Strawn v. Canuso


150 family homes were built  in NJ near a hazardous waste dump site.  The landfill was not originally authorized to receive large chemical, hazardous waste but did receive such, which were also said to catch fire from time to time.  Government conducted tests to show that nearly half of the hazardous waste was submerged in ground water.  Other waste was sent down stream and eventually ended up in various lakes.  Moreover, methane gas leaked from the site and plaintiffs were exposed to such leakage.  The EPA recommended that the site become a “superfund” clean up site.  Plaintiffs allege that developers knew about the landfill and its hazardous nature. Plaintiffs sued the developer and their companies, alleging fraud and negligent misrepresentation.  In 1980, the EPA warned through a report that “The proposed housing development on land adjacent to the site has all the potential of developing into a future Love Canal if construction is permitted.”  Defendant’s marketing firmed advised they disclose the existence of the landfill, but they refused and instead followed their policy of non-disclosure.


Whether a builder-developer of new homes and the brokers marketing those homes have a (common law) duty to disclose to prospective buyers that the homes have been constructed near an abandoned hazardous-waste dump.


“The principle of caveat emptor dictates that in the absence of express agreement, a seller is not liable to the buyer or others for the condition of the land existing at the time of transfer.”

“Relief may be granted to one contractual party where the other suppresses facts that he or she is bound in conscience and duty to disclose to the other party.”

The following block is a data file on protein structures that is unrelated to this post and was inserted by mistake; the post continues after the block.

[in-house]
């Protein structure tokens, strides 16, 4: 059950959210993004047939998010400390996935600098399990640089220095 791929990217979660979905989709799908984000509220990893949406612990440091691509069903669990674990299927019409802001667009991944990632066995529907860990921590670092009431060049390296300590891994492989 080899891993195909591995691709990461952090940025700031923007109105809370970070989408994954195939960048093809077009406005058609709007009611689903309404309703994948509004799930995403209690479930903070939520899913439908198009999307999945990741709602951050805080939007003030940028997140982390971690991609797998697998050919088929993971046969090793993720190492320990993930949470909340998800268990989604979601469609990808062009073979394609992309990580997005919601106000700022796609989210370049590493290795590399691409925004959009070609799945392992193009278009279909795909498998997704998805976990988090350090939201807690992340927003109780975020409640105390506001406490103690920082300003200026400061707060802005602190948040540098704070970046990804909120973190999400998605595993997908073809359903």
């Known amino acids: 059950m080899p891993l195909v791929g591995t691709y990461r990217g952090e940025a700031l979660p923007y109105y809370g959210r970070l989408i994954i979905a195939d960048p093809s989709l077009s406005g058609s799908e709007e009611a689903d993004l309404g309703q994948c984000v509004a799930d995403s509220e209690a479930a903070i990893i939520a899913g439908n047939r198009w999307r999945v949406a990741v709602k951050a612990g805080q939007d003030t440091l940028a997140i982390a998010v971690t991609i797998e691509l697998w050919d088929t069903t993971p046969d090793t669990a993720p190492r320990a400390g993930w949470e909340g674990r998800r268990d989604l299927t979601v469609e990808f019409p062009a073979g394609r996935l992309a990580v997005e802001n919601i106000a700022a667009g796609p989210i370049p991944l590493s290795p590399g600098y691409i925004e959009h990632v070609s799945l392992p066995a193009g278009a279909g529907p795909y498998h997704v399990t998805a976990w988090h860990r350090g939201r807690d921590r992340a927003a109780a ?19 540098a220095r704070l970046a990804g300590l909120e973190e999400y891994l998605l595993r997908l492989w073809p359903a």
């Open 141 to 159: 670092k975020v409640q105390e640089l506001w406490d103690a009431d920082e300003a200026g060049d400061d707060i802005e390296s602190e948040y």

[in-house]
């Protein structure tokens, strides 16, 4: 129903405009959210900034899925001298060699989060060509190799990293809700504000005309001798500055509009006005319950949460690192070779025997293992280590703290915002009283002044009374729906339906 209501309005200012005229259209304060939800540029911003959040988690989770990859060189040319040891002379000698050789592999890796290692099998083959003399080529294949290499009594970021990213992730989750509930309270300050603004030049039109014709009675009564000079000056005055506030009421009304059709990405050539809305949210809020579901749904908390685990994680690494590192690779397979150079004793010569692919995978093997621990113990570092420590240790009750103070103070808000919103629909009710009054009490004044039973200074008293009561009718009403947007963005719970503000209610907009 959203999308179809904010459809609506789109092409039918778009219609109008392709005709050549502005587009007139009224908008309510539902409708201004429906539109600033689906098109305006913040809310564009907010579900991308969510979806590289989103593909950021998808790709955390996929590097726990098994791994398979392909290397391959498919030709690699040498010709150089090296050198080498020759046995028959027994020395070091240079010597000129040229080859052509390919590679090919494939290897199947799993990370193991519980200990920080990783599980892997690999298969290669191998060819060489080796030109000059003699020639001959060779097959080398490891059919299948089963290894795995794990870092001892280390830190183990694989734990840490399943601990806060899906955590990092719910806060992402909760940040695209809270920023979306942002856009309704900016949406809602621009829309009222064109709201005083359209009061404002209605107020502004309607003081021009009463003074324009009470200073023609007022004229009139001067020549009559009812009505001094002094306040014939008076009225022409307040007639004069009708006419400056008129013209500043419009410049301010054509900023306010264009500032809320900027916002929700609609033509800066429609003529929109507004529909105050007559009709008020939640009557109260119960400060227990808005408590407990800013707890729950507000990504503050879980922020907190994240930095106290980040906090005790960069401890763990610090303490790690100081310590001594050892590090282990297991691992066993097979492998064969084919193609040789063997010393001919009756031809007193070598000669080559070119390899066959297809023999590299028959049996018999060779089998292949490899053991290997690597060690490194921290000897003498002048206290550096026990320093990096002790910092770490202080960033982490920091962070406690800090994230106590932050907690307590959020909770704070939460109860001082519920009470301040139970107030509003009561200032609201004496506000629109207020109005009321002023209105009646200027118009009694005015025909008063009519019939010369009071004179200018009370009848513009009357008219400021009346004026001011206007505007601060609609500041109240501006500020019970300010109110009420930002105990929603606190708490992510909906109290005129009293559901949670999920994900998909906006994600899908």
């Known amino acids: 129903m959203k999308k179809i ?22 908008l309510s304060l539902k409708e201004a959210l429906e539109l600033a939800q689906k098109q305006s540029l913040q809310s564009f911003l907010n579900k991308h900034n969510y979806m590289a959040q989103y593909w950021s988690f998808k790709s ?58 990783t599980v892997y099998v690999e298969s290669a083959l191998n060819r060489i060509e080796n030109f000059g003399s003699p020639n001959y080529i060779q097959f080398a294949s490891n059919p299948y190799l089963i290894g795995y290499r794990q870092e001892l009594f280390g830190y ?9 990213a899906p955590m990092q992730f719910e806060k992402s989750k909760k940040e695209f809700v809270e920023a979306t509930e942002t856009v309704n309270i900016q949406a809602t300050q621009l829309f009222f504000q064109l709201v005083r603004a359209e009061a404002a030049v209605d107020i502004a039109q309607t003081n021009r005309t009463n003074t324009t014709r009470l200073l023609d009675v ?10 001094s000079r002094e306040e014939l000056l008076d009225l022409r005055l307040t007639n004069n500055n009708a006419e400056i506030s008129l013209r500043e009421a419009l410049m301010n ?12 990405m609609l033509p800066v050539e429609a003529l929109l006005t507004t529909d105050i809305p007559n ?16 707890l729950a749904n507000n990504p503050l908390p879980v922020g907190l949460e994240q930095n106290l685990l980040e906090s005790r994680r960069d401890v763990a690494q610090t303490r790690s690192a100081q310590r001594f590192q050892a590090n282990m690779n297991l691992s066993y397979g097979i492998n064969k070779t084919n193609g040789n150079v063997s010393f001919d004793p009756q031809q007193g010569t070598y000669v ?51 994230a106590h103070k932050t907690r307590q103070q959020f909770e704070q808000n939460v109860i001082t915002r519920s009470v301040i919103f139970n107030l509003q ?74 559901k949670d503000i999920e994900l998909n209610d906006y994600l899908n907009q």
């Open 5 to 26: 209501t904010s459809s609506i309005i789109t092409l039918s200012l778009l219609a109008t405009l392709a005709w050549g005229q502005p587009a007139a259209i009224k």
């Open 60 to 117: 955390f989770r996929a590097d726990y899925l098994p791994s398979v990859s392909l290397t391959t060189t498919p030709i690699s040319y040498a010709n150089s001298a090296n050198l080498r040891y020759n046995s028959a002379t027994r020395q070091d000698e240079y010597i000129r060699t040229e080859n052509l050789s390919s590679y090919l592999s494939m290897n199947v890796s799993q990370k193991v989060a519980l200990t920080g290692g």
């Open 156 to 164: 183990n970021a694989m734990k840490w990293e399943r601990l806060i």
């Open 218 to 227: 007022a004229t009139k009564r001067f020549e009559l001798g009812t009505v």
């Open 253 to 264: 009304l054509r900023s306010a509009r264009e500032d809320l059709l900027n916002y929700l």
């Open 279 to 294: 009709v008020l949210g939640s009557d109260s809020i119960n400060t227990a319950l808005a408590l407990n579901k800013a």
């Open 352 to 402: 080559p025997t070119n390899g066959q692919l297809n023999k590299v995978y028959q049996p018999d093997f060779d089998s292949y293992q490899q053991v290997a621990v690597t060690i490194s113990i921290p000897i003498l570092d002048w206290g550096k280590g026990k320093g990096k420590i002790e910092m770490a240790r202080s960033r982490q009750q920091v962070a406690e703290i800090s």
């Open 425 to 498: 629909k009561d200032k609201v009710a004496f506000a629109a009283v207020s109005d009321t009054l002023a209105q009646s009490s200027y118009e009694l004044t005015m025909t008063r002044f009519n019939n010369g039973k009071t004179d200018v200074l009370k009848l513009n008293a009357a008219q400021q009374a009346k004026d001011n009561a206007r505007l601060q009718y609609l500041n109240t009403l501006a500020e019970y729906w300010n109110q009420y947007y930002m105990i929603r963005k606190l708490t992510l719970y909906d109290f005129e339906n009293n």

Yes, there is a common law duty.  Remanded for jury trial.  There is no relevant legislation on NJ’s books, so the court must adopt common law.  The court holds California as an appropriate model for common law – a seller of real estate would be liable for nondisclosure of on-site defective conditions if those conditions were known to them and unknown and not readily observable by the buyer.  The court believes that the principle shaping the discard of caveat emptor is unequal bargaining powers; and they examine this case through that lens.

Caveat emptor no longer applies to leaseholds in a modern day context.  Caveat emptor developed when the buyer and seller were in an equal bargaining position in the past.  Today, “buyers of mass produced development homes are not on an equal footing with the builder vendors and are no more able to protect themselves in the deed than are automobile purchasers in a position to protect themselves in a bill of sale.”

Here, the court holds that a seller is liable for non-disclosure of off-site hazards.  The court argues that sellers and brokers in this situation enjoy much greater information and bargaining power in the deals.  The court writes that a developer is liable for non-disclosure of such conditions if “the existence of those conditions is of sufficient materiality to affect the habitability, use, or enjoyment of the property and, therefore render the property substantially less desirable or valuable to the objectively reasonable buyer.”

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